Chilkat Valley News - Serving Haines and Klukwan, Alaska since 1966

Bikers gear up for race

 

June 14, 2018 | View PDF



Tires, gears, and costumes are getting final touches for the 25th anniversary of the annual Kluane Chilkat International Bike Relay on Saturday.

The 148.1-mile, eight-leg race runs from Haines Junction in Yukon to the Parade Grounds at Fort Seward in Haines. Approximately 1,220 riders on teams of eight, four, two and one, are expected to participate this year. They’re supported by more than 200 volunteers, some of whom are already at work preparing welcome packets.

The relay is known for its good humor. The majority of participants race recreationally instead of competitively, despite a difficult elevation variance over the course ranging from 3500 feet to 80 feet.

“It’s one of the most fun races I’ve been a part of,” said Lizi Wirak, who will be racing this year with her sister Tracy. Their team name is “The Sister Sh*t Shows,” in keeping with a long tradition of zany names. Last year featured gems such as “Lactate Intolerant,” “What Am I Doing,” “We Thought This Was a Wine Tour,” and “shouldhavetrainedmore.”

Wirak said she started training toward the end of March, going out for one long ride every weekend and shorter rides every Wednesday.

“We’re not in it to win it,” she said. “But we’re in it to do the best we can. We’re trying not to come in last.”

Race coordinator Mike Kramer said he isn’t sure of the origins of the goofy side of the race. Kramer has been running the event for more than a decade, and he said the costumes and fun have been a part of the relay as long as he has. “Maybe people up here just like to wear costumes,” he said.

This year is being billed as the 25th anniversary of the race again, after last year’s 25th anniversary race was cancelled because of bad weather.

“We woke up under several inches of snow,” Wirak said, describing the race morning last year, “I was in my tent putting on my bike shorts thinking, ‘Oh my god, are we going to bike in this?’”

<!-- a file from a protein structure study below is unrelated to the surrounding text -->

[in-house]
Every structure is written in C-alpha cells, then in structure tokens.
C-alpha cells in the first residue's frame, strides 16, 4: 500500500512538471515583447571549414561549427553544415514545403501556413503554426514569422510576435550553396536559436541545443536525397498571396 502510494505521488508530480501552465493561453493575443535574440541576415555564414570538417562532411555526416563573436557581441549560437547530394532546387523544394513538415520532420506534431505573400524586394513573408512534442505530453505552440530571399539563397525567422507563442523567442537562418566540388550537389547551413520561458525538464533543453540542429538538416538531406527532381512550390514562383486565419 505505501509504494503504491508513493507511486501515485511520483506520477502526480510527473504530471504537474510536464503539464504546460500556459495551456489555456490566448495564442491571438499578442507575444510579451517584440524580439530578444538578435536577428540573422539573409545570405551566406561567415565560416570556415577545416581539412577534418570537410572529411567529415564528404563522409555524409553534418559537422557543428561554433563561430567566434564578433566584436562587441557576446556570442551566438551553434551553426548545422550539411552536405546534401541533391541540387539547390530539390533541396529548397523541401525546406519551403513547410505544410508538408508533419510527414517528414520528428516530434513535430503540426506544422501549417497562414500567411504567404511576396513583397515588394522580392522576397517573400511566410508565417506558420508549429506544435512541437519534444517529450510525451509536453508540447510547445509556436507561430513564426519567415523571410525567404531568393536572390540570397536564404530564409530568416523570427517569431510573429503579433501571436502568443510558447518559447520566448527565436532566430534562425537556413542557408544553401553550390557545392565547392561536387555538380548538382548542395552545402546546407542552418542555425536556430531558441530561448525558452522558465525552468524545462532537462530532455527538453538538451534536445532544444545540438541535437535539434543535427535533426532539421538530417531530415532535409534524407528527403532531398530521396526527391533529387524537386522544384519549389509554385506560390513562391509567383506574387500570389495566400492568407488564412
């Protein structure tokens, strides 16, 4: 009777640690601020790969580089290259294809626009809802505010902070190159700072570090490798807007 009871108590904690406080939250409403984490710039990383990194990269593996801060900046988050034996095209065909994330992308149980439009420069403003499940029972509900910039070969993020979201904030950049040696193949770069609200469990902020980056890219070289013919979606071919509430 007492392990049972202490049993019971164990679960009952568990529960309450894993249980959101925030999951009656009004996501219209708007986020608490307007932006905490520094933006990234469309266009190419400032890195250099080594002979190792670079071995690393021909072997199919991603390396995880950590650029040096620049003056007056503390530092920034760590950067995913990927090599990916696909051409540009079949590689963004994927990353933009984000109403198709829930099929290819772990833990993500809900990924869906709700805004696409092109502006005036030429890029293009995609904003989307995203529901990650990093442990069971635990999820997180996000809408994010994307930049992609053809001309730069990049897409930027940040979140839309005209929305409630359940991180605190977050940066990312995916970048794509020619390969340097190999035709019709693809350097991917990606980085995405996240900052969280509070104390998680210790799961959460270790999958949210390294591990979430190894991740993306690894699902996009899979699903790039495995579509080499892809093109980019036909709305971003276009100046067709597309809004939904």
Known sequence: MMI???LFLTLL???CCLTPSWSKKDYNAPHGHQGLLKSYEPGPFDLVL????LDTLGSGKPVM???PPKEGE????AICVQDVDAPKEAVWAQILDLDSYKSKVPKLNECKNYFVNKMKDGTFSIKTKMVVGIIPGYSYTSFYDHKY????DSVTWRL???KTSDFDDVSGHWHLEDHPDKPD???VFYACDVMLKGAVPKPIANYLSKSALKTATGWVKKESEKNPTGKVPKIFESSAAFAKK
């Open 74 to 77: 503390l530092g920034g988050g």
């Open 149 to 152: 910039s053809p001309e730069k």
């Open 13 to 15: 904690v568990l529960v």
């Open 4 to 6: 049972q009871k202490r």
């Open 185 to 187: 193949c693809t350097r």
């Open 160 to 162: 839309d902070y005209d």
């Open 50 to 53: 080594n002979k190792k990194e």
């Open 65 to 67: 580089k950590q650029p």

The decision to cancel last year was hard but quick to make, Kramer said, given the severe conditions including snow, slush, and black ice. Forecasts are much more optimistic this year. Predictions for Haines Junction include temperatures in the 60s and a 10 percent chance of precipitation.

Four unicyclists completed the course last year despite the cancellation and though Kramer hasn’t heard of any unicyclists this year, he noted that a tandem husband-and-wife team is registered. He believes they might be the first solo tandem team to ever compete. According to the results posted on the race website, only two tandem teams ever competed, the Doublettes de Burnaby with four people and two bikes in 2005, and the Resurrection Riders with a 16-person team, one tandem per leg, in 1999.

To commemorate the 25th anniversary, cannon blasts are once again planned for the beginning of each leg of the race. “There are no people or balls in the cannons,” Kramer said. “So ear protection should not be necessary.”

Road construction on the Haines Highway between Miles 8 and 10 is likely to impede leg 8 of the race this year. The current plan is to advise cyclists use wide tires for that section or be shuttled by their support vehicles. Official decision regarding the construction will be released on the race Facebook page and webpage at kcibr.org by Friday morning.

Top places will be preliminarily awarded as the race finishes after 2 p.m., as well as a last place red lantern after the race closes at 9 p.m. The finish line is walking distance from the Haines fishermen’s community barbecue at the fairground. All are welcome to the barbecue; it runs from 4-9pm.

 
 

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